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Century Anglo-Irish poet, author and physician. For the Canadian poet of the 19th Century, see Oliver Goldsmith (Canadian poet). For other people named Goldsmith, see Goldsmith (disambiguation). Oliver Goldsmith Portrait 1769-70 by Joshua Reynolds Born November 10, 1730 (disputed) Either Ballymahon, County Longford, Ireland or Elphin, County Roscommon, Ireland April 4, 1774 (aged 43) London, Great Britain Author, playwright, poet, apothecary's assistant, busker English Irish B.A. Trinity College, Dublin The Club The Vicar of Wakefield, "The Deserted Village", The Good-Natur'd Man, She Stoops to Conquer
Resting place Temple Church, London Occupation Language Nationality Education Alma mater Literary movement Notable work(s)
Oliver Goldsmith (10 November 1730 ± 4 April 1774) was an Anglo-Irish writer, poet and physician known for his novel The Vicar of Wakefield (1766), his pastoral poem The Deserted Village (1770) (written in memory of his brother), and his plays The Good-Natur'd Man (1768) and She Stoops to Conquer (1771, first performed in 1773). He also wrote An History of the Earth and Animated Nature. He is thought to have written the classic children's tale The History of Little Goody Two-Shoes, the source of the phrase "goody two-shoes".
 Biography Goldsmith's birth date and year are not known with certainty. According to the Library of Congress authority file, he told a biographer that he was born on 29 November 1731, or perhaps in 1730. Other sources have indicated 10 November, on any year from 1727 to 1731. 10 November 1730 is now the most commonly accepted birth date. The location of his birthplace is also uncertain. He was born either in the townland of Pallas, near Ballymahon, County Longford, Ireland, where his father was the Anglican curate of the parish of Forgney,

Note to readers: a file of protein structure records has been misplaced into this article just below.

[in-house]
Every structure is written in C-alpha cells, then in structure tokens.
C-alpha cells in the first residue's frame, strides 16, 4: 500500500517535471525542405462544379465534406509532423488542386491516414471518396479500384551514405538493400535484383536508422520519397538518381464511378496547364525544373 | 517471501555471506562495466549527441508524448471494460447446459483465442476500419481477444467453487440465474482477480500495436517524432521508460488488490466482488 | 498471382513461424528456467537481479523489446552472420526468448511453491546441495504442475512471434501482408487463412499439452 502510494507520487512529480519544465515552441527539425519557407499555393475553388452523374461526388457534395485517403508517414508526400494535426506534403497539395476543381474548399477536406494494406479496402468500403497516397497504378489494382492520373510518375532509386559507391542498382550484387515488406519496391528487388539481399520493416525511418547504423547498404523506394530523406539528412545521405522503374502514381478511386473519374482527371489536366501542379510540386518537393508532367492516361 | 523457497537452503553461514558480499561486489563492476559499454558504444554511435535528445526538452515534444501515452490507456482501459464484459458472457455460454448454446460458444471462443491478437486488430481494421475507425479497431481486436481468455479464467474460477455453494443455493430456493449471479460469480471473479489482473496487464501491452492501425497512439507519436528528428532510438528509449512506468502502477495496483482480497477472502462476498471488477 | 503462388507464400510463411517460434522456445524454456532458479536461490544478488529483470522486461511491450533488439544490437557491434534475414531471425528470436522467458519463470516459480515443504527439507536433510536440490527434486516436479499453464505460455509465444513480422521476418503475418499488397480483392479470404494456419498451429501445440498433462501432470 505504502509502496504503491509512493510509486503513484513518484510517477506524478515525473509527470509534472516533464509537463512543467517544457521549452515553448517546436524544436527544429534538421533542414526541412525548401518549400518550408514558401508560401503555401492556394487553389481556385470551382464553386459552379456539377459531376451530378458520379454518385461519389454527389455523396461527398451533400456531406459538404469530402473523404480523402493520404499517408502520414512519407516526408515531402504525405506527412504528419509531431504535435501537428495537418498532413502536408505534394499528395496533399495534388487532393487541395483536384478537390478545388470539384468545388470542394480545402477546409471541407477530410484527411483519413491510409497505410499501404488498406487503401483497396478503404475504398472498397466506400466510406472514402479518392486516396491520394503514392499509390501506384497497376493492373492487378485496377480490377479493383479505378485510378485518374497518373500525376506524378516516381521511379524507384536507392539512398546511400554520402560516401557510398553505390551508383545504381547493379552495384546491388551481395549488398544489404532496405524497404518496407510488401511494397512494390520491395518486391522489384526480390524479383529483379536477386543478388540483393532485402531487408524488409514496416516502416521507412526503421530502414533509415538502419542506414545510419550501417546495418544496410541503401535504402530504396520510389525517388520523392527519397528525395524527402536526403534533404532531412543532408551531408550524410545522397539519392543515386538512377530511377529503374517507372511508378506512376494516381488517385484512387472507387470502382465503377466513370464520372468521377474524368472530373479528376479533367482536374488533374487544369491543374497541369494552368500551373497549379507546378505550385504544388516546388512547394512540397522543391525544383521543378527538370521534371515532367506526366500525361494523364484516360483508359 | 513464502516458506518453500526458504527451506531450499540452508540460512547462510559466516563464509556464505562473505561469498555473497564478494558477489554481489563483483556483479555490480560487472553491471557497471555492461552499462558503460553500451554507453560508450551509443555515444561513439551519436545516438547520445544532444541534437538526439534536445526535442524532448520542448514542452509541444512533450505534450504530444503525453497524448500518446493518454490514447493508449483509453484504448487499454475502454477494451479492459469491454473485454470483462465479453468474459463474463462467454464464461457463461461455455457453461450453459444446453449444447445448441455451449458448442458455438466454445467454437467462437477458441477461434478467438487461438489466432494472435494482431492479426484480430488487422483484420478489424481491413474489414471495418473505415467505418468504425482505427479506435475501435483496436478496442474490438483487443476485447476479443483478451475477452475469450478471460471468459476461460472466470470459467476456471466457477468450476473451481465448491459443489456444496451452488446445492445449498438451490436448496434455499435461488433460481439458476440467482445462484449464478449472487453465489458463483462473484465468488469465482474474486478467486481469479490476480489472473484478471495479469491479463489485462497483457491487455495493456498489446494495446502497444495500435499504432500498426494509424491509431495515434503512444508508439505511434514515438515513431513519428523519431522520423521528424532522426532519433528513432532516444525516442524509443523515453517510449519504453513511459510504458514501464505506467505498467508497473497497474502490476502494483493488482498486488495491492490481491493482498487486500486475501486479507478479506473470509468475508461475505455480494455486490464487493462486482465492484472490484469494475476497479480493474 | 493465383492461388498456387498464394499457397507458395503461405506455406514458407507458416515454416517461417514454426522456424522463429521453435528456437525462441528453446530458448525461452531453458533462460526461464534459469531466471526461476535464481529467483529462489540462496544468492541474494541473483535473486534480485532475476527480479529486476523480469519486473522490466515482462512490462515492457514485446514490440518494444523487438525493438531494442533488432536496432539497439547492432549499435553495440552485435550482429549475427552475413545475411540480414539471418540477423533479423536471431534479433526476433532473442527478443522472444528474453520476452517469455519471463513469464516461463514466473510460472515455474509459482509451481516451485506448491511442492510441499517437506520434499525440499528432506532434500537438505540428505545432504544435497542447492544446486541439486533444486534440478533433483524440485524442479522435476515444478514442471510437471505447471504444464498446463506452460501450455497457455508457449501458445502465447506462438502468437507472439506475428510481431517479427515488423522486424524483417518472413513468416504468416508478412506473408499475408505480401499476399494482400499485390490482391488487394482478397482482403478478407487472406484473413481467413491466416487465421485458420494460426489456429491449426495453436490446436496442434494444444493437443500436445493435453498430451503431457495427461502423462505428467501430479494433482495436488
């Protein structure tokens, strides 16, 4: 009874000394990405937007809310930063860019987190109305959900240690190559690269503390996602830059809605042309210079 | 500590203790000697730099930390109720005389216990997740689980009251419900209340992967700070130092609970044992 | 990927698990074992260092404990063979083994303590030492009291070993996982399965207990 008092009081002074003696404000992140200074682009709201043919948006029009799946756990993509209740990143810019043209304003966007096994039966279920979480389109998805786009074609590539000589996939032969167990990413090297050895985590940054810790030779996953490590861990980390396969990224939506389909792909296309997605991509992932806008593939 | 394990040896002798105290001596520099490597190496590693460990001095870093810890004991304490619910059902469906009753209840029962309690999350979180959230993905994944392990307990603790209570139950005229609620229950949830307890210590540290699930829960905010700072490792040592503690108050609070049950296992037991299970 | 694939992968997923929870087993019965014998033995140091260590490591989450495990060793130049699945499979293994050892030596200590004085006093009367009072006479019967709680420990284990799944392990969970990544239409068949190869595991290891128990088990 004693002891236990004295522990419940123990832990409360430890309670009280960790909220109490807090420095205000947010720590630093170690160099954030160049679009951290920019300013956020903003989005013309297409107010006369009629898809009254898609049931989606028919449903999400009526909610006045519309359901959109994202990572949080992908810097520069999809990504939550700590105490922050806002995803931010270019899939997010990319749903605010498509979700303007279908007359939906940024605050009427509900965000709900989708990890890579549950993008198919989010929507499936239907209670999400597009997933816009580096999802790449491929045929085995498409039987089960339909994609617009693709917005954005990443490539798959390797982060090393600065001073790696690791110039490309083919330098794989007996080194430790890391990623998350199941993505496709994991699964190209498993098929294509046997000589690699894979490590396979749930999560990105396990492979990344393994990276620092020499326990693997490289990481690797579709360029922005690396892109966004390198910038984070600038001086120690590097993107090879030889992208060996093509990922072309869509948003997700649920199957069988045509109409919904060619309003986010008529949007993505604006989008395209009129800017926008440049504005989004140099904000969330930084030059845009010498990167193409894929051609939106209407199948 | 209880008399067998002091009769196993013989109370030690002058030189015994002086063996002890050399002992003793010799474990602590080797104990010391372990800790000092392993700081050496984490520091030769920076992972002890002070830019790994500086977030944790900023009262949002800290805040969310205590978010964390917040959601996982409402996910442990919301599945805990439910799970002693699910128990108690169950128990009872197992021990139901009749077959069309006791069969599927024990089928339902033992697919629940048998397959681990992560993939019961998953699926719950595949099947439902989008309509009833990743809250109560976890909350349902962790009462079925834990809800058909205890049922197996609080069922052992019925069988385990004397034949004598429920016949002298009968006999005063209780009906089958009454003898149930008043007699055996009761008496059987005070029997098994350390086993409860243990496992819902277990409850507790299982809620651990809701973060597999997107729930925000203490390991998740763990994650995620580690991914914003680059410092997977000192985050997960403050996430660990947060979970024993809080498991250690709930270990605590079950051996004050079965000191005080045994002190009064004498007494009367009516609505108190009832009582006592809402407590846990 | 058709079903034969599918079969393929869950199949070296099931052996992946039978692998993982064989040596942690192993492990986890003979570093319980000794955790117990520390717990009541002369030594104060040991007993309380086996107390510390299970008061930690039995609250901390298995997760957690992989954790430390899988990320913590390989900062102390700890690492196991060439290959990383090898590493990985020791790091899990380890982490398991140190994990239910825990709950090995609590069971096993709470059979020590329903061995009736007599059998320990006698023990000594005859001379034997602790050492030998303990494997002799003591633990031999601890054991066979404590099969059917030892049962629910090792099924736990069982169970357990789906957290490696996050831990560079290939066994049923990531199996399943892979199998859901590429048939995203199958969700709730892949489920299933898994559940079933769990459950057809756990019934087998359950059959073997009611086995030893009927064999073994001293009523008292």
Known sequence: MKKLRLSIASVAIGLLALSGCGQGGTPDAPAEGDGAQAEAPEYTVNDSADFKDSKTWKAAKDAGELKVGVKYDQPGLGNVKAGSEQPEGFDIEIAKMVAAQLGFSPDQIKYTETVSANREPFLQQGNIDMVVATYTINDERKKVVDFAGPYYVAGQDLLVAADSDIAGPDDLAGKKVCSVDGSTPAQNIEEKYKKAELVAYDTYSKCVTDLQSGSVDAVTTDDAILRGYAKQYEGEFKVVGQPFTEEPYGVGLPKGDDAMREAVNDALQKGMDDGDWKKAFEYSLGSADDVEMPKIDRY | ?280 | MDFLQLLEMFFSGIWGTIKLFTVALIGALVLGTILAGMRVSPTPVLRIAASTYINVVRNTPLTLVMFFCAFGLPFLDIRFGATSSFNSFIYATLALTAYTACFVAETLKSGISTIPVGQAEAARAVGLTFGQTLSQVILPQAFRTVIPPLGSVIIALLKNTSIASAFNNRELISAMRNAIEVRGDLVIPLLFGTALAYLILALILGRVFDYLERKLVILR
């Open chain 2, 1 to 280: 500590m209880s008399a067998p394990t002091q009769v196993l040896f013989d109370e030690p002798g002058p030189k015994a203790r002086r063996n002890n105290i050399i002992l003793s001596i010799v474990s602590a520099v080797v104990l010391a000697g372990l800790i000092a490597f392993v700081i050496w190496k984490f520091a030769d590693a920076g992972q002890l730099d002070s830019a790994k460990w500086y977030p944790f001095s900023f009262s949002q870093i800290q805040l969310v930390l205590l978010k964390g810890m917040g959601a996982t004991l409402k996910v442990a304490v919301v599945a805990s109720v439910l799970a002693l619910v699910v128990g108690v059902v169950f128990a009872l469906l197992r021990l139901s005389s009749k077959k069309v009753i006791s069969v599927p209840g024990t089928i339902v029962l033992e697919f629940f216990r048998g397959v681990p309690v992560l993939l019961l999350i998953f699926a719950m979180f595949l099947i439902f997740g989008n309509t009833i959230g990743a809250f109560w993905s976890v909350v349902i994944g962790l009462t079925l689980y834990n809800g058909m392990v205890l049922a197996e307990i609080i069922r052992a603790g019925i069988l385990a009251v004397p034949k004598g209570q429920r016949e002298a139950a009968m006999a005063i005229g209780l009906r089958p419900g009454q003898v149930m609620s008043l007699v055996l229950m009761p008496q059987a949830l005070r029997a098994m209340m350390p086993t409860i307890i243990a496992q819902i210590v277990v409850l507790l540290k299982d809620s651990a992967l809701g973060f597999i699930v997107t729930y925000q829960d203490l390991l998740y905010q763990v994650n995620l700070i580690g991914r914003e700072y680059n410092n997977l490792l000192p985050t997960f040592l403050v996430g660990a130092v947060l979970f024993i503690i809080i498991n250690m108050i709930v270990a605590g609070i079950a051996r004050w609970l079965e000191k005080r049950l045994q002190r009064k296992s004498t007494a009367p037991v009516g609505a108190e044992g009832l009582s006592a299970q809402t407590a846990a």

County Roscommon where his grandfather Oliver Jones was a clergyman and master of the Elphin diocesan school. and set out on a walking tour of Flanders. During this period he used the pseudonym "James Willington" (the name of a fellow student at Trinity) to publish his 1758 translation of the autobiography of the Huguenot Jean Marteilhe. He settled in London in 1756. and She Stoops to Conquer. tried various professions without success.or at the residence of his maternal grandparents. The Good-Natur'd Man. with whom he was a founding member of "The Club". 'A literary party at Sir Joshua Reynolds's'. between Athlone and Ballymahon. also in Westminster Abbey with an epitaph  written by Samuel Johnson. He lived for a short time with his mother. including an apothecary's assistant and an usher of a school. at the Smith Hill House in the diocese of Elphin. they used this fictional . Dublin. where he briefly held various jobs. Goldsmith produced a massive output as a hack writer for the publishers of London. Neglecting his studies in theology and law. Goldsmith's father was appointed the rector of the parish of "Kilkenny West" in County Westmeath. and continued to live there until his father's death in 1747. studied medicine desultorily at the University of Edinburgh and the University of Leiden. Purportedly written by a Chinese traveler in England named Lien Chi. France. he fell to the bottom of his class. His premature death in 1774 may have been partly due to his own misdiagnosis of his kidney infection. In 1744 Goldsmith went up to Trinity College. but without the discipline or distinction that might have gained him entry to a profession in the church or the law. a congenial but impetuous and disorganised personality who once planned to emigrate to America but failed because he missed his ship. "HERE LIES/OLIVER GOLDSMITH". There is a monument to him in the center of Ballymahon. Goldsmith was buried in Temple Church. his education seemed to have given him mainly a taste for fine clothes. singing Irish airs and playing the flute. playing cards. His tutor was Theaker Wilder. He was graduated in 1749 as a Bachelor of Arts. Perennially in debt and addicted to gambling. Switzerland and Northern Italy. The inscription reads. living by his wits (busking with his flute). but his few painstaking works earned him the company of Samuel Johnson. The family moved to the parsonage at Lissoy. Goldsmith was described by contemporaries as prone to envy. The combination of his literary work and his dissolute lifestyle led Horace Walpole to give him the epithet inspired idiot.  Use a cursor to see who is who. When he was two years old.  The Citizen of the World In 1760 Goldsmith began to publish a series of letters in the Public Ledger under the title The Citizen of the World.  Works See The Vicar of Wakefield.